February 26, 2016
The debate is over. The candidates have spoken. March 1 is only 4 days away. Donald Trump can’t clinch the nomination with a clean (or very close to it) sweep, but he can put himself in a position that no previous candidate ever squandered.
Between now and Tuesday, we’ll explore scenarios for Trump’s primary challenger, Marco Rubio, and secondary obstacle John Kasich. Ted Cruz matters to the race in an organic sense, and we’ll take a look at what happens based on when he gets out and under what conditions, but he’s done.
It’s now more likely he finishes third to Rubio in several SEC states than defeats Trump. Winning Texas isn’t enough to create a nomination path. Rubio entered the debate with an advantage on Cruz and exited it as the clear better choice to stop Trump.
It wasn’t that Ted did anything particularly wrong in the debate. It was actually one of his stronger efforts and he more than held his own in Trumpian combat. But Rubio rushed out of the gate, getting in several punches before Cruz could throw his.
Looking at it from the perspective of the following morning, Cruz looks like his junior partner in the anti-Trump effort. Jonah Goldberg has suggested a unity ticket of Rubio-Cruz and after yesterday, it’s hard to see how Cruz-Rubio is a reasonable alternative.
Make no mistake, Trump is in the pole position, regardless of how others attempt to stop him. As well as his attackers did yesterday, you have to admit few others could have taken that amount of incoming fire and hung in while returning some.
There are a few possible March 1 outcomes:
Rubio underperforms. Trump wins everywhere except Texas, leaving Marco zero for the primary season. Cruz finishes ahead of him in several southern states. Kasich runs about even in Massachusetts, ahead in Vermont. Rubio doesn’t get within 7 or 8 points of Trump anywhere.
This is great for Trump and necessary for Kasich. Cruz would need to decide if he wants to delay the inevitable.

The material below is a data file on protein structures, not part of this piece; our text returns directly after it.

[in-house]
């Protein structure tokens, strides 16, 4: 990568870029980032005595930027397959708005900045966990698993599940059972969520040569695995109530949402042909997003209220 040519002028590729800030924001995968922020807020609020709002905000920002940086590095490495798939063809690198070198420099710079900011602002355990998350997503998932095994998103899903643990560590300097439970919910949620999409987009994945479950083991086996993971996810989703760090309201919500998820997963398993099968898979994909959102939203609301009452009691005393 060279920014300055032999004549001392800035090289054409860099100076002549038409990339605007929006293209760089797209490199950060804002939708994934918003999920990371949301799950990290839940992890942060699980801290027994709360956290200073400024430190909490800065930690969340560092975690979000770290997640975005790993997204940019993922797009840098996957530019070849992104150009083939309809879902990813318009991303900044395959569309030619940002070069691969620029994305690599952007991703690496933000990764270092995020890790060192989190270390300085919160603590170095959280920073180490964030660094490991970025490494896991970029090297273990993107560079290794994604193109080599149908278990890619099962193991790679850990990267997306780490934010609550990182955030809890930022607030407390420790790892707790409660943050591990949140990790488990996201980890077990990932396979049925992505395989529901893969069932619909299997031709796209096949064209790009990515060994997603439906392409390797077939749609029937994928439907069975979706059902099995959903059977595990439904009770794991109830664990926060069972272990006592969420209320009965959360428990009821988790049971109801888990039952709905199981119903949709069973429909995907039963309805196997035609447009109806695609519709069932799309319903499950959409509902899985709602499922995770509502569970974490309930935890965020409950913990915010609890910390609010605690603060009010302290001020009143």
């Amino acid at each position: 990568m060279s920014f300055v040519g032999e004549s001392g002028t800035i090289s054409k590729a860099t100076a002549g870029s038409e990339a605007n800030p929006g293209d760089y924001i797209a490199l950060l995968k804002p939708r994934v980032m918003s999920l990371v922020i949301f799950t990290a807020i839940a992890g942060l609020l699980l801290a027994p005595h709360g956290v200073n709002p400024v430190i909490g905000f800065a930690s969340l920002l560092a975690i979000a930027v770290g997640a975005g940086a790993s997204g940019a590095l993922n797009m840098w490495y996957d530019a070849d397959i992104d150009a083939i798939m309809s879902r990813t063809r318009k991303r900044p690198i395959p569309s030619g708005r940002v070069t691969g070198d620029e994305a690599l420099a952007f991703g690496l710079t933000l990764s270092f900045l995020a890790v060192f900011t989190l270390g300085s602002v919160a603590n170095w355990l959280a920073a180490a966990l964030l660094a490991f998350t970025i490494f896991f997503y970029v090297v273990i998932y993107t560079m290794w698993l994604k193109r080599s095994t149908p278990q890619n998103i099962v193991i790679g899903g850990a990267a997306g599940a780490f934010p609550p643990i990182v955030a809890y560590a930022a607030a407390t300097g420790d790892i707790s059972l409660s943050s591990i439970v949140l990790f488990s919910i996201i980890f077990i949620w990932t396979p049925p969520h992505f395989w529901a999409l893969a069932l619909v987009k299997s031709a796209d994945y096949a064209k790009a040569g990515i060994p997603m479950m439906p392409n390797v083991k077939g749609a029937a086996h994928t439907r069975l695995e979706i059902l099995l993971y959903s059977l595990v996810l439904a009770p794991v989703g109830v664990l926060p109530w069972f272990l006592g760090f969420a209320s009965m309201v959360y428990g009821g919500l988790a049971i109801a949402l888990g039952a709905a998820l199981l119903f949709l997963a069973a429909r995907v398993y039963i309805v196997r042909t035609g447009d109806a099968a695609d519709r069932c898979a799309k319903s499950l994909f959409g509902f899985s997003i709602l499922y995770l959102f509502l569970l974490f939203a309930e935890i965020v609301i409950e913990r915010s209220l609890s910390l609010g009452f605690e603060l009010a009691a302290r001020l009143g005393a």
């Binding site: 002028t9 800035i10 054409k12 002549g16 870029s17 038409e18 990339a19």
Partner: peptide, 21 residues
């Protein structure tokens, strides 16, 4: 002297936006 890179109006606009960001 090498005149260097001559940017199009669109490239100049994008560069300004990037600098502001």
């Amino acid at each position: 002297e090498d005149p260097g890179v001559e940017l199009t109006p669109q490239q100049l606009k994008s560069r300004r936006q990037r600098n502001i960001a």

Trump crushes it. Enough Cruz voters in Texas leak to Rubio in an attempt to stop Trump. This allows The Donald to narrowly win the Lone Star State. He wins everywhere else too. Large margins in Massachusetts, Vermont, Georgia and Alabama help him win a majority of delegates.
This is embarrassing for Cruz, suboptimal for Rubio and not ideal for Kasich. Expecting anyone to stop the train at this point, however allied, is pushing it. Chris Christie jumped aboard today. If Trump sweeps March 1, the train gets very crowded.
Rubio overperforms. The debate was too late and too many Trump voters are committed for The Donald to lose more than a few places, but Rubio manages to win in Minnesota, Virginia, and Oklahoma, and get real close in Tennessee.
He finishes ahead of Kasich in Massachusetts and Vermont, ahead of Cruz in Alabama, Georgia, Arkansas, etc.
Even this is a long road. Trump would have a large delegate advantage and remain the favorite. Rubio would have plenty of work left to do. Kasich looks like more of a spoiler than a backup.
We’ll dive into these scenarios shortly, but rest assured, there’s a reason the betting markets and pundits are favoring Trump. If you have any doubts about his skill as a candidate, pull up video from his rally in Fort Worth today.
If you like him, it will fill you with pride. If you don’t it will fill you with dread. Either way, this is one hell of a candidate.